No emergency reaction plan. It took over an hour for the standby vessel, nominally assigned to be on station and to recover survivors in the event of an accident, to reach the scene. In this disaster, the standby vessel did not rescue anyone; all survivors were picked up by existing lifeboats or by rafts thrown by the neighboring platform, the Edda.


Effects of the disaster

After the disaster, an investigation began into the cause of the Alexander Kielland’s collapse and the slow, ineffective evacuation and rescue. Stavanger was able to salvage the platform on the third attempt, raising it from the seabed and bringing it into a dock berth for examination.

The material used in the brace was carbon-magnesium steel with a minimum specified yield strength of 355 newtons per square millimeter. The material was found to still match specification (i.e., there was no degradation of material strength).

At the break in the D-6 brace, however, the investigators found that a fillet weld attaching a flange plate had cracked the original steel due to heat stress when applying the weld. Paint on the crack in the brace proved that it had occurred during fabrication of the platform in Dunkirk – it had propagated around the brace during the life of Alexander Kielland, but it had begun during the platform’s construction. This brace had never been inspected or tested for fatigue, as manuals only required periodic inspection of the columns (not the braces).

As a result of the D-6 brace failure, the five other tubular bracings connecting to one of the vertical columns failed and broke off due to overload, and that column separated from the platform. As a result, the Alexander Kielland became unbalanced and capsized. The only thing that held up the final collapse was the single anchor cable that held for 14 minutes – the disaster would have been much worse if that cable had snapped immediately.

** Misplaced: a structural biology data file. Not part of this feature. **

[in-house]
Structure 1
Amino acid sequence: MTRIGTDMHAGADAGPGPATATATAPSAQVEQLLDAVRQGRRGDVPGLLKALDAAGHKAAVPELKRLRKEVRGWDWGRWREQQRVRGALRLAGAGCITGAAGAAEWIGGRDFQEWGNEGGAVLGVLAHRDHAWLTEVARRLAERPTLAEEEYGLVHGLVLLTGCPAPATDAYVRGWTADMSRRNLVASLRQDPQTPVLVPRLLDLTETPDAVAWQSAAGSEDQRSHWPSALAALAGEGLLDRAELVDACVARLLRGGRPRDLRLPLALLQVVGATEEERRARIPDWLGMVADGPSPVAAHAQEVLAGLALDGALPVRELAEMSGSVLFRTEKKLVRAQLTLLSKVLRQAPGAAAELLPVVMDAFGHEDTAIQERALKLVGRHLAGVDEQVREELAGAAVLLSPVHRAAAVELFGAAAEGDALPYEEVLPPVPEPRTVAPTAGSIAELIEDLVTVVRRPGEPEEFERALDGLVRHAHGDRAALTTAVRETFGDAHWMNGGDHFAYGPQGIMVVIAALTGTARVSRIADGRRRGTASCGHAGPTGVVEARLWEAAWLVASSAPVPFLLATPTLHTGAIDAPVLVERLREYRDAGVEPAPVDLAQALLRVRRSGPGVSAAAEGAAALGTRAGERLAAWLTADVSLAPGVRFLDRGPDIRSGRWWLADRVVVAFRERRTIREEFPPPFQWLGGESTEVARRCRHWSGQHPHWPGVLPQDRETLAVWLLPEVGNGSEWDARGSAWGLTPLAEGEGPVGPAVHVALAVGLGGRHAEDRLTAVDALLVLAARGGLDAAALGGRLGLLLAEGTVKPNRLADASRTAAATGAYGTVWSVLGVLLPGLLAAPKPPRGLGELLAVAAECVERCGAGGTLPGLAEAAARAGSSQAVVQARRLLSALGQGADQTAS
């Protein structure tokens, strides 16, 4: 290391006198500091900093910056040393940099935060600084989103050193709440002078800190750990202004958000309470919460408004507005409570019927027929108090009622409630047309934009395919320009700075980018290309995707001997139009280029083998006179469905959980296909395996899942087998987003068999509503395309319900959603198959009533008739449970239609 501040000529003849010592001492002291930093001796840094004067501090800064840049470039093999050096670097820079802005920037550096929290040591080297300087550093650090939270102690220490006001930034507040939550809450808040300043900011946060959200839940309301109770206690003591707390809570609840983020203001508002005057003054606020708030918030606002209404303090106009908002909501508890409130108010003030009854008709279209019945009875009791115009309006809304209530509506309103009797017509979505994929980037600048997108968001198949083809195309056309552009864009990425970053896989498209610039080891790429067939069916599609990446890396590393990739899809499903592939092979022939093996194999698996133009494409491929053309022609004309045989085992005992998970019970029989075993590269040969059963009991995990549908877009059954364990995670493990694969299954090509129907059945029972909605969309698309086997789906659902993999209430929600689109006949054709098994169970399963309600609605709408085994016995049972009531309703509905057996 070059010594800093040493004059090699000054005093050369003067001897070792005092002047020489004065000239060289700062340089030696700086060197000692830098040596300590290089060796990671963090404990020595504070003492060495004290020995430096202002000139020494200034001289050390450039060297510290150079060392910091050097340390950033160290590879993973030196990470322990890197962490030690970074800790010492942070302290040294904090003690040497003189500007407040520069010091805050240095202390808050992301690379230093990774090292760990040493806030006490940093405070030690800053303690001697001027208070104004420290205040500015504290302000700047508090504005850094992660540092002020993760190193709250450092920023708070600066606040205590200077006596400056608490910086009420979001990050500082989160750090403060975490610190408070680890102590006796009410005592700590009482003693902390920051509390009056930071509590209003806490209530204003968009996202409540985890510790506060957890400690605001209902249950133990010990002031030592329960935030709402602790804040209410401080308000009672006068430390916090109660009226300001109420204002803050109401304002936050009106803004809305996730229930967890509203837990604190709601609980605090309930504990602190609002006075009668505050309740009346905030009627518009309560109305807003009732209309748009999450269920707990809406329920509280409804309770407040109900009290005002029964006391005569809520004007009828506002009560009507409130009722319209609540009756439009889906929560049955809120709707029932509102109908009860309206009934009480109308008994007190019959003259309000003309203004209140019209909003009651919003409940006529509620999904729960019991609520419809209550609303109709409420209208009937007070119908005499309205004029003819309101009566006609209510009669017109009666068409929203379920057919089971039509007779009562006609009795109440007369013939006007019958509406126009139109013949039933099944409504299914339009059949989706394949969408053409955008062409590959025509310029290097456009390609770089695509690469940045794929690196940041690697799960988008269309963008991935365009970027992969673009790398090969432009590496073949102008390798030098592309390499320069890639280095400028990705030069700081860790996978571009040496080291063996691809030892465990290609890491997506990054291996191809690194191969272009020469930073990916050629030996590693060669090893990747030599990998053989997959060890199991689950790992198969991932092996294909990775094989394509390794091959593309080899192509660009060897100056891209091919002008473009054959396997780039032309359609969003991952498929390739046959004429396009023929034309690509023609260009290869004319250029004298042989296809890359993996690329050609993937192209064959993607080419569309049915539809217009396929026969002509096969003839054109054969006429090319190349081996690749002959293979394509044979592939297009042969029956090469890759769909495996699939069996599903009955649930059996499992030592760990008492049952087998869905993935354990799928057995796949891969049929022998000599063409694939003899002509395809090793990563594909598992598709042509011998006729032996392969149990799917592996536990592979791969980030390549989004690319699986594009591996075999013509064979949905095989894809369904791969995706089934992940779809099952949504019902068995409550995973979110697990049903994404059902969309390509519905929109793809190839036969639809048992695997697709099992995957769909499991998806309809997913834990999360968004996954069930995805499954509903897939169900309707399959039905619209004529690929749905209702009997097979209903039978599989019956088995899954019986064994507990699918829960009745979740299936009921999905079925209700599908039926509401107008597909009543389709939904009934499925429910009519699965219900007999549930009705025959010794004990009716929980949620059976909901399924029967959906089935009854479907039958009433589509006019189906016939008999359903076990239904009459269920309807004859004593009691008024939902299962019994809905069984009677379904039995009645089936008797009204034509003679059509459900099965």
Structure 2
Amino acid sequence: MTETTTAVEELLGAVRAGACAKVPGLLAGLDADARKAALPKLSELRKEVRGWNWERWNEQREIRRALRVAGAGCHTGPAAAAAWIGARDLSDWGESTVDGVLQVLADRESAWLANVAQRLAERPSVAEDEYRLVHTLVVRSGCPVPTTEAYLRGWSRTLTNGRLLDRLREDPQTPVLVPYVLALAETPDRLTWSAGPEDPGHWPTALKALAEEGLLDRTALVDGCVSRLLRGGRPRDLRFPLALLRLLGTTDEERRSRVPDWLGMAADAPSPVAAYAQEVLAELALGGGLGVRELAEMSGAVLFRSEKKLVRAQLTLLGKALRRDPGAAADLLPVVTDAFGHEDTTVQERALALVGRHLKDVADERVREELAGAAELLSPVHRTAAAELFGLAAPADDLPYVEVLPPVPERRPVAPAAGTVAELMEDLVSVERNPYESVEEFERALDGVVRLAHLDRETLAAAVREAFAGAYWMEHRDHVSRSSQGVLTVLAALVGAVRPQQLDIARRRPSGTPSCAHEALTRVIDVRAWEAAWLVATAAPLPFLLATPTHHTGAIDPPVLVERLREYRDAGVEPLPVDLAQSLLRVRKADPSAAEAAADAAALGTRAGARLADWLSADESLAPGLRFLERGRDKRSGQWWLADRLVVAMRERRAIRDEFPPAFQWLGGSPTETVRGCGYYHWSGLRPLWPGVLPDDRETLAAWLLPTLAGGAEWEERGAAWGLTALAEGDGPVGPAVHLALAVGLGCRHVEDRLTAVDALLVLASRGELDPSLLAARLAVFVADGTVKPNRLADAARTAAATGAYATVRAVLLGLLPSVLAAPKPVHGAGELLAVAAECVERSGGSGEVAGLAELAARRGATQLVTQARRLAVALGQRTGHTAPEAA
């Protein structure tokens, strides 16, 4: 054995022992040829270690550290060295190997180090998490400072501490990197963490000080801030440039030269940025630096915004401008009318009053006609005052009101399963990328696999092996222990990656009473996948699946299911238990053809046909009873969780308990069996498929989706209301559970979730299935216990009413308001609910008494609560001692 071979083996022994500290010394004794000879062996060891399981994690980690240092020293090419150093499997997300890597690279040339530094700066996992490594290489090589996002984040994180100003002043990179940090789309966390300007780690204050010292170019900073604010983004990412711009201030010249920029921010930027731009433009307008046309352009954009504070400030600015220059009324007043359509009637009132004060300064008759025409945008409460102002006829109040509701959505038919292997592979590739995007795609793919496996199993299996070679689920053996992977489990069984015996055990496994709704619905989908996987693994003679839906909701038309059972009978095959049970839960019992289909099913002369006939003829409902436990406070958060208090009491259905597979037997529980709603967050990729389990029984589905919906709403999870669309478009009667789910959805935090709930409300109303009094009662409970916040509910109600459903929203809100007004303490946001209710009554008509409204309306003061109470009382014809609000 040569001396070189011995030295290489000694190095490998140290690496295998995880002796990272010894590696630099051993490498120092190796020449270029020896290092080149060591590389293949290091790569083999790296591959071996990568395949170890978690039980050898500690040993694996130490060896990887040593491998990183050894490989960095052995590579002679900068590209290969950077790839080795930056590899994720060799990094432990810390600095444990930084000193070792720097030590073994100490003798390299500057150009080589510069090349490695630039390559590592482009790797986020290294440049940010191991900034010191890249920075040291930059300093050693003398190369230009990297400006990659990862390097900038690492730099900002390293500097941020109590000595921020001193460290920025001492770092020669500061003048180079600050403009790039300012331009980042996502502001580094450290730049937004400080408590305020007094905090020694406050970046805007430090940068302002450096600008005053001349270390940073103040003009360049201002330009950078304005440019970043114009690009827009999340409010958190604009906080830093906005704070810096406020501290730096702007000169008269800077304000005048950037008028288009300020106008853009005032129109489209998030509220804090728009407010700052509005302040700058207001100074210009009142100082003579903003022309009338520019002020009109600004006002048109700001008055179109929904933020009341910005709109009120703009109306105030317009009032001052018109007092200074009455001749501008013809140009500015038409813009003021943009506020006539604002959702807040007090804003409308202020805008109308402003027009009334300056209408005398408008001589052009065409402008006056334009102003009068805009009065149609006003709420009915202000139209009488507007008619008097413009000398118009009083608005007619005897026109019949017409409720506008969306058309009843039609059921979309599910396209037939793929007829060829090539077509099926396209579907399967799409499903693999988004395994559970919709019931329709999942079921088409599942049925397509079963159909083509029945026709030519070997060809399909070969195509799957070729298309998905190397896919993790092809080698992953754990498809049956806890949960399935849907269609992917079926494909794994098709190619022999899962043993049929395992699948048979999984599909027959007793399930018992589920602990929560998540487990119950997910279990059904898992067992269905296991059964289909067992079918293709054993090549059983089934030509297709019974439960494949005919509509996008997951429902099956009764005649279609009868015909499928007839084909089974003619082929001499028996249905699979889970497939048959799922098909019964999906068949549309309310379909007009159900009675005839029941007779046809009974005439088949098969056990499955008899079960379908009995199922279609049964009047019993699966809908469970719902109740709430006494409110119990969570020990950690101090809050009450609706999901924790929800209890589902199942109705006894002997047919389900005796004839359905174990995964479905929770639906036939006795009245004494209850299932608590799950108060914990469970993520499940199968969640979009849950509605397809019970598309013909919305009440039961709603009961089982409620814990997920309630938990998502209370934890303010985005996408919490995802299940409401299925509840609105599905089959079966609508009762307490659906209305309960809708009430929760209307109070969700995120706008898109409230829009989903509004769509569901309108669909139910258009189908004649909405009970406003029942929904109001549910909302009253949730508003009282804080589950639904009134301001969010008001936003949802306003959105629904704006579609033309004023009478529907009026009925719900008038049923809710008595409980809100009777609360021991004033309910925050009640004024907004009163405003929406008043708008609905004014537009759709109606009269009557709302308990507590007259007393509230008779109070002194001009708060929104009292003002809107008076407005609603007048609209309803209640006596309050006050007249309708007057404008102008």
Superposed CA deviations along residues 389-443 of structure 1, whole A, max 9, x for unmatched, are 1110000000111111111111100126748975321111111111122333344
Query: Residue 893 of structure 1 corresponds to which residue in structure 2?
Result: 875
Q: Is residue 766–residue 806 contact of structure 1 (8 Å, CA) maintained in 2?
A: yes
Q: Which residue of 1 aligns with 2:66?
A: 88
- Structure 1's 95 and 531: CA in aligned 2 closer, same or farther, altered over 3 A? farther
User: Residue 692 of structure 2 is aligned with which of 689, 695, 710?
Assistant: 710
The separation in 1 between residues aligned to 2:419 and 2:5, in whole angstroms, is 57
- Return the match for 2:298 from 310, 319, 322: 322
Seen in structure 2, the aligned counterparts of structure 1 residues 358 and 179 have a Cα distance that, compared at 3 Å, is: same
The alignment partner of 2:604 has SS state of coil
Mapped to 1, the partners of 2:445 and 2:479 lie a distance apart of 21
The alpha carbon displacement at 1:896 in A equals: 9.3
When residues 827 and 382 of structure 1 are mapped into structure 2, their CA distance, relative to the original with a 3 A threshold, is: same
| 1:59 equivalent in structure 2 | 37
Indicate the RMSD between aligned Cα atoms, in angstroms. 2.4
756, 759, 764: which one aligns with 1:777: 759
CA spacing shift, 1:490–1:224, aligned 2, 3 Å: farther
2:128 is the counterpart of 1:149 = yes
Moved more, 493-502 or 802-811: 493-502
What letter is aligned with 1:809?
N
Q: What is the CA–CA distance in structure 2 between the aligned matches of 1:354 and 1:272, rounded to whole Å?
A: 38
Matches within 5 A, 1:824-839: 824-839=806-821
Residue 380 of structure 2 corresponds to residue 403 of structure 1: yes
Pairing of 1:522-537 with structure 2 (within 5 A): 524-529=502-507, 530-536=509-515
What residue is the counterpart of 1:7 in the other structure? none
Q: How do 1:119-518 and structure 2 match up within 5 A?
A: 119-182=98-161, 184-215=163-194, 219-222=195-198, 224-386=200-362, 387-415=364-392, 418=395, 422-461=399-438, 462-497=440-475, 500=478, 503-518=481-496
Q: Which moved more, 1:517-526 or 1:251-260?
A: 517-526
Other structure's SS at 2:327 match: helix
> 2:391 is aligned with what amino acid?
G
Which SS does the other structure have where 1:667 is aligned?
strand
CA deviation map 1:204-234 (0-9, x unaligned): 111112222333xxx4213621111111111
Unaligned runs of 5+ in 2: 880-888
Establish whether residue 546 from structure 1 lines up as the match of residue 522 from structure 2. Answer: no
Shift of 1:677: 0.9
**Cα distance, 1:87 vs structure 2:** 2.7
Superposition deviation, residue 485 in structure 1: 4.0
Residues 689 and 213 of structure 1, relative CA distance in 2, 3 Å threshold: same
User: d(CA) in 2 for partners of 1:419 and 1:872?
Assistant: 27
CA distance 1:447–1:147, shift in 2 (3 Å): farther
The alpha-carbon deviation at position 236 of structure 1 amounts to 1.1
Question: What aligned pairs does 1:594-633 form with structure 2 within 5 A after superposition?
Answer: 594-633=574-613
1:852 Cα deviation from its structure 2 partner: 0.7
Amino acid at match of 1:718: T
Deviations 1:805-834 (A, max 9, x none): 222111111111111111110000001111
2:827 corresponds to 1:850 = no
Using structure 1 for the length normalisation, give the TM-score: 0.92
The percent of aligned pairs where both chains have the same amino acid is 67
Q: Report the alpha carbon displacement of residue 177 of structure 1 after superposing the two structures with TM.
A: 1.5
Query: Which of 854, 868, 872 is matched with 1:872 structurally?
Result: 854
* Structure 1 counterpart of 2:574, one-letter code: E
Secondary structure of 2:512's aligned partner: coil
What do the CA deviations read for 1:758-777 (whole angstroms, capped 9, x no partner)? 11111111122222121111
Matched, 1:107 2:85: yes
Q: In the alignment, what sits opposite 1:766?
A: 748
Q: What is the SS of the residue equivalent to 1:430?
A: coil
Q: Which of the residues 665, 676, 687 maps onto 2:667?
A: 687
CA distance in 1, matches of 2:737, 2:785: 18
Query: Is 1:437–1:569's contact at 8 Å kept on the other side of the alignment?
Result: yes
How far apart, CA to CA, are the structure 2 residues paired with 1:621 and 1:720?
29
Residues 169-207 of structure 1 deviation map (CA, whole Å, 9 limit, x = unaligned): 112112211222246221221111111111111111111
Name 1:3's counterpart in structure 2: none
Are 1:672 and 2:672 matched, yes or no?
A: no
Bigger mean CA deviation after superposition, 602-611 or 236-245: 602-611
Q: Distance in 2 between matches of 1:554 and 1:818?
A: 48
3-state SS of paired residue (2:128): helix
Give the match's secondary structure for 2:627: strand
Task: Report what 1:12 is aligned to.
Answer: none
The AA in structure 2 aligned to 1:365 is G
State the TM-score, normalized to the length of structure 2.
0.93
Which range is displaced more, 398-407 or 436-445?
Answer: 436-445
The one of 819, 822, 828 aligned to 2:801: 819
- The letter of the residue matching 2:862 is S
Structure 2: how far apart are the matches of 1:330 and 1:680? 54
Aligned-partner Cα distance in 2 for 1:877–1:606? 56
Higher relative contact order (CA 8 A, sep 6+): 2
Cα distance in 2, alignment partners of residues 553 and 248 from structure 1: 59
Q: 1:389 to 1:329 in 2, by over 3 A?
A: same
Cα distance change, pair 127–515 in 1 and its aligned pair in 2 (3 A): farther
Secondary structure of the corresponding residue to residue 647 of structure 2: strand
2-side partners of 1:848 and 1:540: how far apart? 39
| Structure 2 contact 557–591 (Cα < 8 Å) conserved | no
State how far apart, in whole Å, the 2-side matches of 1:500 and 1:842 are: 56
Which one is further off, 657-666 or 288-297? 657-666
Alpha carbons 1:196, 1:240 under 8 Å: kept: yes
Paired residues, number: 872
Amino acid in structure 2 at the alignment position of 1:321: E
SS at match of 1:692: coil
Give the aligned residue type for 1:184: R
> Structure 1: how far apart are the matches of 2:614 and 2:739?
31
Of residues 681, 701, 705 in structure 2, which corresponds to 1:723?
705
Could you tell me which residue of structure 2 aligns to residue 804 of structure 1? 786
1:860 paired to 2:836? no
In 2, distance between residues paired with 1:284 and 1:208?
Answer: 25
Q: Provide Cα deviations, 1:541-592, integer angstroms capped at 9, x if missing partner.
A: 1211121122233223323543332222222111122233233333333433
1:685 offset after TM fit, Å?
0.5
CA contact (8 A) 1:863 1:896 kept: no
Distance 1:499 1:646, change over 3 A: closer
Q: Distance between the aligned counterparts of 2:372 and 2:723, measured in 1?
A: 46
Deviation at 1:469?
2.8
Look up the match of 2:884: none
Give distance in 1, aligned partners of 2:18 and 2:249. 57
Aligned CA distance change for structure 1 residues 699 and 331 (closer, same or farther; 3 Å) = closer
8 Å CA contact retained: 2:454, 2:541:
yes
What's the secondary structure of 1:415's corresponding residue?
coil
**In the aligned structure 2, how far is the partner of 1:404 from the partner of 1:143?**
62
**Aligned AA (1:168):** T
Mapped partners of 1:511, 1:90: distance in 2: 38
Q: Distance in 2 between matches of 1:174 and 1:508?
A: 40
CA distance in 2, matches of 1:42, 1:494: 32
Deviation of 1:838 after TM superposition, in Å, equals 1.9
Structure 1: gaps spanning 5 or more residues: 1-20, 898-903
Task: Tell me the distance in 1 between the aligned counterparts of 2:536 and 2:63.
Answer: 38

In response to the investigation results, the Norwegian Maritime Directorate made redundancies of stability and structural strength on offshore platforms mandatory and required improved life-saving equipment to be installed on all platforms as well. The International Maritime Organization (IMO) also responded, adding strengthening standards for stability, motion characteristics, maneuverability, watertight doors, and structural strength to their building codes for offshore platforms.

Stavanger and all Norwegian offshore installations, in response to the Alexander Kielland sinking, improved their command organization. Specifically, they identified a clear authority on each vessel to coordinate emergency response and give a final order to abandon ship, if necessary. The improved command structure that was implemented for offshore platforms was similar to conventional shipping command structures, and are today frequently put into use when offshore platforms lose anchorage in storm conditions or when fixed platforms are threatened by out-of-control vessels.

The difficulties encountered by the Alexander Kielland crew in launching lifeboats, due to the misguided safety feature preventing their release from the hoist while tension was on the line, led to new regulations requiring lifeboats on offshore platforms to be deployable, or able to be released, even when there is load or tension on the hoist line. The International Maritime Organization (IMO) also issued a requirement that all lifeboats on merchant ships be fitted with hooks that could be released even when they were under load.